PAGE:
Front Crawl Breathing Technique

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When it comes to front crawl breathing, there are two techniques to try out: trickle breathing or explosive breathing.

Are you one of those swimmers who gets to the end of your first length or lap, and collapses in a breathless heap feeling like you're going to pass out from exhaustion?  Read on, because the solution to your lack of breath is right here.

front crawl breathing technique rolling head to the side as the arm pulls through

Before I explain the different types of breathing technique, it is important to understand how and when to breathe.   

The key points to consider:

  1. Each time a breath needs to be taken, the head must roll to the side.  That is roll to the side, NOT lift up and look to the side. (The action of rolling the head to the side ensures that the body position remains level.  Lifting the head causes the legs to sink, making the stroke harder work.) 
  2. The timing of each breath must be coordinated with the arm pull cycle.  As an arm pulls through to the hip it leaves a vacant space where the head can be rolled to and a breath can be taken.
  3. The head begins to turn at the end of the upward arm sweep and turns enough for the mouth to clear the water and inhale.  The head turns back into the water just as the arm recovers over and hand returns to the water.
  4. Which side the head rolls to is personal choice and you can change sides or keep to the same side.  

Front Crawl Breathing Demonstration

FREE EBOOK:  all of the technique tips here can be found in my 'Front Crawl Technique' book, along with a couple of bonus drills to help you perfect some essential parts of the stroke.

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Which Breathing Technique - Explosive or Trickle?

Explosive and trickle breathing techniques refer to how you exhale as you swim.

You may be completely unaware of how you breathe when you are swimming front crawl so now is the time to take control of your technique.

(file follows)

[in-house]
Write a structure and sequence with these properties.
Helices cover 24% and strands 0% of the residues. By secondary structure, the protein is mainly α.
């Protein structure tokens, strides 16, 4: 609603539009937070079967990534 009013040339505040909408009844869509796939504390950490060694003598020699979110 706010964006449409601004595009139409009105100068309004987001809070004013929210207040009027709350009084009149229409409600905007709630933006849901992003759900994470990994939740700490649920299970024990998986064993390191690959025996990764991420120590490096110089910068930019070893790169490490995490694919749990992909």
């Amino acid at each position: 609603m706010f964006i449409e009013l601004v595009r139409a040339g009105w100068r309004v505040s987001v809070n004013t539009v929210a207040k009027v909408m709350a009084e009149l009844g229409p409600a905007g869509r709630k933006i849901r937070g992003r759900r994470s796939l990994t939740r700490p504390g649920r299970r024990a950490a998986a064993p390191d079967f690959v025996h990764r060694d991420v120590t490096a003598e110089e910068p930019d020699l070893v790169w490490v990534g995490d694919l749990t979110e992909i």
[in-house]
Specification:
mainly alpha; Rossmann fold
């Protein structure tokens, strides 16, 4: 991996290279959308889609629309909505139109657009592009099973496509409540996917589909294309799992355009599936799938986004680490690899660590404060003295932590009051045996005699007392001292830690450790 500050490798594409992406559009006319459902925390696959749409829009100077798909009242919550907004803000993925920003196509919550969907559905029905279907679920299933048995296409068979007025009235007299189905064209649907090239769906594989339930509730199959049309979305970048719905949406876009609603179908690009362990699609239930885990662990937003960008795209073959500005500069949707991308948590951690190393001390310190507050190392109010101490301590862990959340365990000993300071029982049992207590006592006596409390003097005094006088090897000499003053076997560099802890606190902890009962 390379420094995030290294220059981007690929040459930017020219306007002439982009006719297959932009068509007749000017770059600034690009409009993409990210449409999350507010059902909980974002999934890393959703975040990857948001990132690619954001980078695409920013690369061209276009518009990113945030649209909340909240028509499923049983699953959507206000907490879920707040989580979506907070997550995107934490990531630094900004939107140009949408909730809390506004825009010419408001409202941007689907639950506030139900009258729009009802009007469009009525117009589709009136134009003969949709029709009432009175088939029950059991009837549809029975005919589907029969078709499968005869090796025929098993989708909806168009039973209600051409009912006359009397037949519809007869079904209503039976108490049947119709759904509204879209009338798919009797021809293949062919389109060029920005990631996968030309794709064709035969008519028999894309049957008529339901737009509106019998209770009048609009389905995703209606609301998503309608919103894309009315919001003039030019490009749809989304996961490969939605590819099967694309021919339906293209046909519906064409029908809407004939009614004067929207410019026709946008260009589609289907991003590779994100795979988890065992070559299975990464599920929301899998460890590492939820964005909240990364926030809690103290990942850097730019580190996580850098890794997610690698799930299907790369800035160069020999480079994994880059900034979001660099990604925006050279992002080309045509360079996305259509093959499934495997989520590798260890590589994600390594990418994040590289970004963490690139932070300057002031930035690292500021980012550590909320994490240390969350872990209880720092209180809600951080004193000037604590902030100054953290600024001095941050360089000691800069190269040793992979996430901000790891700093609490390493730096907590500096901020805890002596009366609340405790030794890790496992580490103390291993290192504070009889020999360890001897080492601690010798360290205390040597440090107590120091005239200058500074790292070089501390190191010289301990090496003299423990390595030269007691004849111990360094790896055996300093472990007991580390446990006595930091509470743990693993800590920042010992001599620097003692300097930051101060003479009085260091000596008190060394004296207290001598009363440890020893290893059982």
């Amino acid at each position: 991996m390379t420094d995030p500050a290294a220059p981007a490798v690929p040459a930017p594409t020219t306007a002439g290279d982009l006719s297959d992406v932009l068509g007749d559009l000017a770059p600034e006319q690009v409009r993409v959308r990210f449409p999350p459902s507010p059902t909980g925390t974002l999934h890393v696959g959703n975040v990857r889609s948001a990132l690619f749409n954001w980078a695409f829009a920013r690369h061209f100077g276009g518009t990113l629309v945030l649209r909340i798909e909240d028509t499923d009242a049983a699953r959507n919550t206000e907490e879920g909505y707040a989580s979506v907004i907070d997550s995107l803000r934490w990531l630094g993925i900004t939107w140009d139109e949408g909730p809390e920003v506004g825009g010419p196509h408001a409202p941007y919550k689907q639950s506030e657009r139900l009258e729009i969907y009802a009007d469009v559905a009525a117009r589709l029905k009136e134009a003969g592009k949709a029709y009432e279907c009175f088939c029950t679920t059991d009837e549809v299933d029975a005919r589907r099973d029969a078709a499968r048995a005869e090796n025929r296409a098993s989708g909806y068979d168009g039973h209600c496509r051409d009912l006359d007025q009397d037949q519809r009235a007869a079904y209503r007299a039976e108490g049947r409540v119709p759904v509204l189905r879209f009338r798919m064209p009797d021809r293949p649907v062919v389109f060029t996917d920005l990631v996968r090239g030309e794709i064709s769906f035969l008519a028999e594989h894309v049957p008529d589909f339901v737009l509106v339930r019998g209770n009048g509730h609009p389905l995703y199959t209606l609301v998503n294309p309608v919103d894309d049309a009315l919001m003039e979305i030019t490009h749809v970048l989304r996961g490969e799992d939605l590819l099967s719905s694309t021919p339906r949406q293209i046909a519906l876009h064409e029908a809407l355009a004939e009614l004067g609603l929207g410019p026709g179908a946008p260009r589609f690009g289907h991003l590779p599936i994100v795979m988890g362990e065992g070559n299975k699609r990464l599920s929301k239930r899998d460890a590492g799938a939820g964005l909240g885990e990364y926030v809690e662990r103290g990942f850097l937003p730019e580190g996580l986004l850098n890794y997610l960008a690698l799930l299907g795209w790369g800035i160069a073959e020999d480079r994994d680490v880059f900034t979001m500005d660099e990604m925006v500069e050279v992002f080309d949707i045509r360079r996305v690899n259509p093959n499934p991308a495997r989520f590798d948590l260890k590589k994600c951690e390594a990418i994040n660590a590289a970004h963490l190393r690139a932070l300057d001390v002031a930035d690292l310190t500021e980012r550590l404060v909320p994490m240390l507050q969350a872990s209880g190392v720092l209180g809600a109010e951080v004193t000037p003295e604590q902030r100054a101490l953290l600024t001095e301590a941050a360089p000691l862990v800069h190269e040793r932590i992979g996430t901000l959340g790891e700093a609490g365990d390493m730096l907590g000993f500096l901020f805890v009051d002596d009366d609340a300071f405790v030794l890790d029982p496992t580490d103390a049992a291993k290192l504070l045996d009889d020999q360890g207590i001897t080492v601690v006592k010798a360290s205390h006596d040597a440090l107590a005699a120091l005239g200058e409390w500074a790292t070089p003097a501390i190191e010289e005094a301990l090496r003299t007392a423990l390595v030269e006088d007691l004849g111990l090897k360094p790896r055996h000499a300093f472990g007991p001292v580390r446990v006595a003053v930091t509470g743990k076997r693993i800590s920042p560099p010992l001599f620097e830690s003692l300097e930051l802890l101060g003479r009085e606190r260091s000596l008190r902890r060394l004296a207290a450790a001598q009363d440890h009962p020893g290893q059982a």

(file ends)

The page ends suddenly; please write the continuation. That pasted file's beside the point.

Trickle Breathing

  1. Trickle breathing is a slow controlled exhalation, out through the mouth.
  2. The breath is continuously exhaled through the mouth into the water as the arm pulls through to the hip. 
  3. Bubbles are blown slowly into the water while the face is submerged. 
  4. The exhalation is controlled, allowing inhalation to take place easily as the arm recovers over the water. 
  5. The time taken to exhale can last one or several arm pull cycles, depending on the stamina of the swimmer. 

Explosive Breathing

  1. Explosive breathing gets its name from the sudden exhalation and inhalation action.
  2. The breath is held after inhalation during the propulsive arm phase.
  3.  The breath is then released explosively, part in and part out of the water, as the head is rolled to the side.
  4. This is done in a very short space of time, usually a second or two, and can be very tiring.

Although trickle breathing is usually the easiest and most widely used, explosive breathing does work well for some people.  Therefore it is important to try both and experiment.

How Often Should I Breathe?

Breathing frequency is very much an individual thing.  Some swimmers start out breathing every 4 strokes or more and then increase the frequency to every stroke as their energy levels drop off. 

Some find it easy to just breath every stroke to the same side right from the start.  This helps them to establish a steady rhythm and sustain a smooth stroke over a longer distance. 

There is a matter of fitness level and your breathing pattern could be dictated by your stamina, or lack of it.  The more you swim, the more your stamina will increase and this will improve your front crawl breathing by default.  

Front crawl breathing technique rolling the head to the side

Do You Make These Front Crawl Breathing Mistakes?

1.  Holding the breath during the swimming stroke 

This comes naturally to most people but it is not necessarily the most energy efficient way of swimming.  

It is very common, especially for beginners, to hold their breath and adopt an  explosive breathing technique without knowing they are doing so. 

Breath holding causes an increase in carbon dioxide in the system, which increase the urgency to breathe.  This can cause swimmers to become breathless very quickly.

Trickle breathing is the most effective breathing technique for beginners as it allows a gentle release of carbon dioxide from the lungs, which then makes inhalation easier.

2.  Lifting the head instead of roll the head to the side.  

Lifting the head causes the legs to sink and the overall body position to be disturbed and the swimming stroke to be inefficient. 

The best exercise for perfecting trickle breathing and ensuring the head is not lifting is to hold a float with a diagonal grip and kick.  The diagonal grip allows space for the head to roll to the side.

Front crawl breathing technique showing head turn for breath in and breath out.

Get Your Breathing In Tune With The Rest of Your Front Crawl

My 'How To Swim Front Crawl' ebook contains some basic front crawl breathing exercises and shows how to get your breathing to fit into your arm pull and leg kick actions.  

Click below and download a copy to your computer, tablet or mobile device.  Or, click here for more details

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